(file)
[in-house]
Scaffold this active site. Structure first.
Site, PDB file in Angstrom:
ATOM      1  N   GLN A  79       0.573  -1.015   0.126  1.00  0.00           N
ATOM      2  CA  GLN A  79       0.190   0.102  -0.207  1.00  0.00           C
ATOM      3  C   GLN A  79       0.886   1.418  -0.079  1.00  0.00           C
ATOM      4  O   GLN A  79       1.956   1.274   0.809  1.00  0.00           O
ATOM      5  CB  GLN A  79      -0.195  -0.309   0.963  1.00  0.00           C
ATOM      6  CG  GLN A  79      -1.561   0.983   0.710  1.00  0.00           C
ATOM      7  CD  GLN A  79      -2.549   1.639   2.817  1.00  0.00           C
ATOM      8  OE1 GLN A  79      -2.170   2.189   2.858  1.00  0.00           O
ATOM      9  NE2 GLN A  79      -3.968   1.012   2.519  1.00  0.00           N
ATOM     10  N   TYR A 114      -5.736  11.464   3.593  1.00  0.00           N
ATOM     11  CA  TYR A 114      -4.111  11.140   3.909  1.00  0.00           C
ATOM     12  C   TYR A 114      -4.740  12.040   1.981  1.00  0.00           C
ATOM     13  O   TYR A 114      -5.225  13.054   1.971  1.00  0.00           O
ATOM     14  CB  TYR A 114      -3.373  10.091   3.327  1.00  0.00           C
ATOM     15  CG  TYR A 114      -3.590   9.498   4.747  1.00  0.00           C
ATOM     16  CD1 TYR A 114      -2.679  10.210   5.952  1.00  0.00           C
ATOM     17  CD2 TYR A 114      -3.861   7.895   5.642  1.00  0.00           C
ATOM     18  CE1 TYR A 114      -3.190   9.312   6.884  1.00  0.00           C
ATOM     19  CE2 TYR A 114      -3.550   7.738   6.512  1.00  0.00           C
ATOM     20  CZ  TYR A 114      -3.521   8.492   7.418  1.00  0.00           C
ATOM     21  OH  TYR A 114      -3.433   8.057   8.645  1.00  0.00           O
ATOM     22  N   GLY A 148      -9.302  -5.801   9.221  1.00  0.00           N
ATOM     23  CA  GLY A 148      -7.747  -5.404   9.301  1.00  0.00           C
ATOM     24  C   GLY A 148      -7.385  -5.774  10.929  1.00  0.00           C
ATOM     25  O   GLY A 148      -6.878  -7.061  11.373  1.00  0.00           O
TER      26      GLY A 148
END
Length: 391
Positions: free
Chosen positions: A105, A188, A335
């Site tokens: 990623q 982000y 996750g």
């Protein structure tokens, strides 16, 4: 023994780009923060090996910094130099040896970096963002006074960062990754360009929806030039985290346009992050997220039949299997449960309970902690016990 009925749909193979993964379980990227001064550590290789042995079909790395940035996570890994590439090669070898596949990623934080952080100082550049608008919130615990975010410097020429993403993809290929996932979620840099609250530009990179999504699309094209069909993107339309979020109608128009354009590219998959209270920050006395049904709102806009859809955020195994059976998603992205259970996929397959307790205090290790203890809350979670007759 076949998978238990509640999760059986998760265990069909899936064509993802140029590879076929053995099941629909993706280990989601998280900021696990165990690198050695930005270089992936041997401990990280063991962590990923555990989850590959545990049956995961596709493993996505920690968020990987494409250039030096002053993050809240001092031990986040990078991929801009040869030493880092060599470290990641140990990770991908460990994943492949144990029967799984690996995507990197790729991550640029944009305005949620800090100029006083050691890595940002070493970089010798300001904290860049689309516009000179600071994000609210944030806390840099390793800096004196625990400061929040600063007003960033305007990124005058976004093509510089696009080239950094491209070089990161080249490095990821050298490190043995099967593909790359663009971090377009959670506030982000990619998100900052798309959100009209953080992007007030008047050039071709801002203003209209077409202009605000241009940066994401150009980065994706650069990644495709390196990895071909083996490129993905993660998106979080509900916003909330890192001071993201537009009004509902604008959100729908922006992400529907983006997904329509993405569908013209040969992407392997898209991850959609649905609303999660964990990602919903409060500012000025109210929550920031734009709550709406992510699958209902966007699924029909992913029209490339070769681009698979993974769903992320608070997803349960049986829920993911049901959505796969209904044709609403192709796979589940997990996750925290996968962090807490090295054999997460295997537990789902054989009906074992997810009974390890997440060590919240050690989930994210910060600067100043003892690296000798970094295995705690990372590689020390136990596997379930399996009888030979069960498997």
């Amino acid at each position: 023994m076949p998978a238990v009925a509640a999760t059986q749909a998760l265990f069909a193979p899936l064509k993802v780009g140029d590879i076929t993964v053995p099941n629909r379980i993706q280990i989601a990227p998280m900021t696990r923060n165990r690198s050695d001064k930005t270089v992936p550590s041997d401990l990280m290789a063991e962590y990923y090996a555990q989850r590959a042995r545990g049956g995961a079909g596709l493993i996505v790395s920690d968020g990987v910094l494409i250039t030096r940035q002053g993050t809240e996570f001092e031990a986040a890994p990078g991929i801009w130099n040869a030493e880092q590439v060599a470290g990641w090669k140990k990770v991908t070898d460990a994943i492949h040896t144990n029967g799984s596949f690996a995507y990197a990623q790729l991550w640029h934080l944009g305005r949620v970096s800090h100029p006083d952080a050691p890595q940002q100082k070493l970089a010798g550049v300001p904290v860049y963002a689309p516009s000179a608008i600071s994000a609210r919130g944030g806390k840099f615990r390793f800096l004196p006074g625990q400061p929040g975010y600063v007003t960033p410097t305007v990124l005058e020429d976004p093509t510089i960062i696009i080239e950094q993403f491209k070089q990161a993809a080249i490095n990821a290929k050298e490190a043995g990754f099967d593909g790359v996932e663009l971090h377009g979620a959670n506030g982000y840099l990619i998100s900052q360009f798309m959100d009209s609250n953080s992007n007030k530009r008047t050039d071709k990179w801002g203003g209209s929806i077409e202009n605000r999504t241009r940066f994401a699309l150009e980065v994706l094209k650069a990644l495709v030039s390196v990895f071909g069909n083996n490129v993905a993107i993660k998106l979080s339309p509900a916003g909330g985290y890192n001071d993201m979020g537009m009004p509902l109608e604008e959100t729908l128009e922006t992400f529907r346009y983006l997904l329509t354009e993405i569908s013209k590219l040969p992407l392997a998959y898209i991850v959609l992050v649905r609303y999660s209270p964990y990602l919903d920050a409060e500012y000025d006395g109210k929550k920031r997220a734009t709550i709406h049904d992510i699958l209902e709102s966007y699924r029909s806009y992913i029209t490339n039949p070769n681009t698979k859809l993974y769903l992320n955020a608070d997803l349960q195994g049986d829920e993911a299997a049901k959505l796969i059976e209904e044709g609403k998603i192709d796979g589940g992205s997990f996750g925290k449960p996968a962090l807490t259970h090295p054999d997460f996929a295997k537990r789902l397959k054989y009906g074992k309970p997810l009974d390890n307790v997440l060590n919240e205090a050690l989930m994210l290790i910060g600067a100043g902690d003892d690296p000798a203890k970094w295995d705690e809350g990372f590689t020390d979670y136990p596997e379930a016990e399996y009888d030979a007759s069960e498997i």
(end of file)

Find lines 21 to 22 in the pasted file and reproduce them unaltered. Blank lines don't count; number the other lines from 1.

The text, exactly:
ATOM     18  CE1 TYR A 114      -3.190   9.312   6.884  1.00  0.00           C
ATOM     19  CE2 TYR A 114      -3.550   7.738   6.512  1.00  0.00           C